It’s hard to imagine but if you switch “right-winger” for “left-winger” then this is the Alice in Wonderland world being constructed by some in the Labour party now.

Sadly, it’s not fiction.

John Slinger is a strategic communications consultant and Chair of Pragmatic Radicalism. 

Online at LabourUncut here.

Monday, 13 July 2015

Progressonline oped: To defeat the terrorists we must defeat defeatism


To defeat the terrorists we must defeat defeatism

John Slinger | 7 July 2015 |

Syrian rebel
The terrorist group calling itself Islamic State is far from defeatist – it believes it will win. Given the defeatism displayed by the international community, especially the west, who can blame them? Defeatism leads to inaction. Inaction has consequences, for the countries concerned and ultimately, as the horrific events in Tunisia show, for our citizens. Now that the group’s death and destruction is edging ever closer to our shores, our politicians are going to have to change the narrative and mind-set from defeatism to confidence in our ability to defeat our enemy.
Suppose a prophet of doom, in the months after 9/11, had predicted the following: Al Qaeda would morph into an even more extreme terrorist group which would opportunistically capitalise on instability caused by an ‘Arab Spring’; it would form a base in Syria, out-gun and kill off moderate rebels who the west and the world had abandoned, before overturning international borders and occupying vast tracts of land in Syria and Iraq; it would declare a caliphate armed with masses of very sophisticated, captured American hardware, threaten to invade several Middle Eastern countries, perpetrate genocide against minorities, destroy antiquities and launch terrorist attacks against western targets? Such a prophecy would have been dismissed as outlandish. That it has come to pass is no accident. It has occurred because of many factors, not least of which being the west’s defeatism and the terrorist group’s toxic combination of warped idealism and brutal realism, to which we have, so far, had too few answers.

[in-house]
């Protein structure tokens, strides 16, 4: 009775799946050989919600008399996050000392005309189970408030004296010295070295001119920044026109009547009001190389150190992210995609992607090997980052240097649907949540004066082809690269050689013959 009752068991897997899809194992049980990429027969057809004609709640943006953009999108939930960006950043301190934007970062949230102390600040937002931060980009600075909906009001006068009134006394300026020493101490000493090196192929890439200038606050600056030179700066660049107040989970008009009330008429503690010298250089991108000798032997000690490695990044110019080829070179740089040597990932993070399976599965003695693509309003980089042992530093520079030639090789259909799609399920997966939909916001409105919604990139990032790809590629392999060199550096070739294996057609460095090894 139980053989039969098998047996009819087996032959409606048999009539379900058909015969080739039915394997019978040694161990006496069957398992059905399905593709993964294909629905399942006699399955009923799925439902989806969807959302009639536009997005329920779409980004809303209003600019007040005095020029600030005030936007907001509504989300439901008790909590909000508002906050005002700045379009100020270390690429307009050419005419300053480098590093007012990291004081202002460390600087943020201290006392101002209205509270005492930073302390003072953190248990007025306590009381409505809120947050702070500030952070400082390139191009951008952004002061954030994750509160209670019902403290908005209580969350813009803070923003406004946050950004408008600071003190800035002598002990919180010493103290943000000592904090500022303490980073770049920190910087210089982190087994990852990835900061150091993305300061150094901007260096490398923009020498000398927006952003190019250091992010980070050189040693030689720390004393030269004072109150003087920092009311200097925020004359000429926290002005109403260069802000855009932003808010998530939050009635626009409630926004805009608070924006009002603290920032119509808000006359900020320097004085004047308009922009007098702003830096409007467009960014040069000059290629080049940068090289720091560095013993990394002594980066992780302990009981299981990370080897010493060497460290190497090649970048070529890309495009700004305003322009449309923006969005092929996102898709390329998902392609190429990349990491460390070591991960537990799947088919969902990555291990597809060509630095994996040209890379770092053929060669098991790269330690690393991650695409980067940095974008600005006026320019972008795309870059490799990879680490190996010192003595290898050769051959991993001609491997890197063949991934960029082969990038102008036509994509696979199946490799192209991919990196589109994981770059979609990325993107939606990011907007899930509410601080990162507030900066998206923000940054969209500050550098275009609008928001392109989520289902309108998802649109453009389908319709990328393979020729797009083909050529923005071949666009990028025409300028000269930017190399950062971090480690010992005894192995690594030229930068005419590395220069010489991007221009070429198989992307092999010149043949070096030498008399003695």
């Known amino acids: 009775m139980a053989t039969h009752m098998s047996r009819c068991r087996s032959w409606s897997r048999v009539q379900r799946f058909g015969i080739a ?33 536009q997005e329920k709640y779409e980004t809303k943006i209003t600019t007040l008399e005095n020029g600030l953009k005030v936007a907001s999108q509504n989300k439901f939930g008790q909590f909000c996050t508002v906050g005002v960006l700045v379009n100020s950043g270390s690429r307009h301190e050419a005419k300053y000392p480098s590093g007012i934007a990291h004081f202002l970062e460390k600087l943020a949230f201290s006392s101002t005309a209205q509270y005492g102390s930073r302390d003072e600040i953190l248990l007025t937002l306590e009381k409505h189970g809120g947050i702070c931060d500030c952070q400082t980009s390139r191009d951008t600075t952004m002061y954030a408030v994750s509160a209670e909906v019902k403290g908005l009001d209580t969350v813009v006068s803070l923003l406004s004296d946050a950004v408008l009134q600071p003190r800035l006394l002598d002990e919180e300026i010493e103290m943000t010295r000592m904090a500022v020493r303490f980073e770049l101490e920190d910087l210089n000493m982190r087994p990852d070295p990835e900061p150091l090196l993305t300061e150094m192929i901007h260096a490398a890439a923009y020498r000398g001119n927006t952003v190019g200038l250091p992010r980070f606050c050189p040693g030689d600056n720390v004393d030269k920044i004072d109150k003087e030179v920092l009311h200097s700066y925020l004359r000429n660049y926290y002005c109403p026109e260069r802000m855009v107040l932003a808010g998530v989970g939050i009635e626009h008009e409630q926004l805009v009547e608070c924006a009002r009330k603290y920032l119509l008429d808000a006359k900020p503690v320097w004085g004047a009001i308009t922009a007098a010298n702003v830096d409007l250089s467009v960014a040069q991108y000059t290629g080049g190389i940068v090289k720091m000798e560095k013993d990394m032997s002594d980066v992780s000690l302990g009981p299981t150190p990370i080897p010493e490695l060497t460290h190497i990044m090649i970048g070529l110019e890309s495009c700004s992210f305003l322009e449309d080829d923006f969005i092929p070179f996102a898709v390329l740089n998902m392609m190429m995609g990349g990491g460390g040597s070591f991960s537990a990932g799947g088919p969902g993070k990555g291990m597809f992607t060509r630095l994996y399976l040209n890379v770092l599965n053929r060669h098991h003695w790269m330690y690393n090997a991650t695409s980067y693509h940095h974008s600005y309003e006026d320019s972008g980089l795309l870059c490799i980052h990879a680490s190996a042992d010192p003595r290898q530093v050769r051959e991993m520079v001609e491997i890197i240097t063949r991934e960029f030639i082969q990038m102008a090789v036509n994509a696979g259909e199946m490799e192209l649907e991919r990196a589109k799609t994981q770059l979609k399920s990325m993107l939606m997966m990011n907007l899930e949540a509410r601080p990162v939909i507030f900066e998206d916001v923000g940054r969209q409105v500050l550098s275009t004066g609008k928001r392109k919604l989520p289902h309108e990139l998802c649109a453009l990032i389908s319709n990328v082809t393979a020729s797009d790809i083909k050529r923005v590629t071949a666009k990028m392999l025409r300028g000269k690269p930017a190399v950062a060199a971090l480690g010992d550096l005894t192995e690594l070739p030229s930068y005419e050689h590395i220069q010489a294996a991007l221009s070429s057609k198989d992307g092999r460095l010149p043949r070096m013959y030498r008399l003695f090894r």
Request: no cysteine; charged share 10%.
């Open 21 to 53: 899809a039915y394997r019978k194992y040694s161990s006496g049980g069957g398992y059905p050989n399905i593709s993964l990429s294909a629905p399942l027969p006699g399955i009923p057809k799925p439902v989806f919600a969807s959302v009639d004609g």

The self-styled Islamic State must look on with glee as democracies such as ours contort themselves in anguish at the prospect flying our bombers a few tens of miles northwards in order to attack them in Syria, a country whose borders they have already rendered meaningless. This is the latest manifestation of a defeatism that we have shown ever since 2011, when the moderate rebels in Syria, who first rose up peacefully against Bashar al-Assad, began asking for external military intervention. The terrorist group noticed as we made a conscious decision not to intervene to protect civilians from the Assad dictatorship, not to arm the Free Syrian Army, and not to punish Assad for his use of weapons of mass distruction. They noticed when our leaders explicitly ruled out sending ground forces. How else did we expect them to respond to this defeatism other than to exploit the opportunity it presented?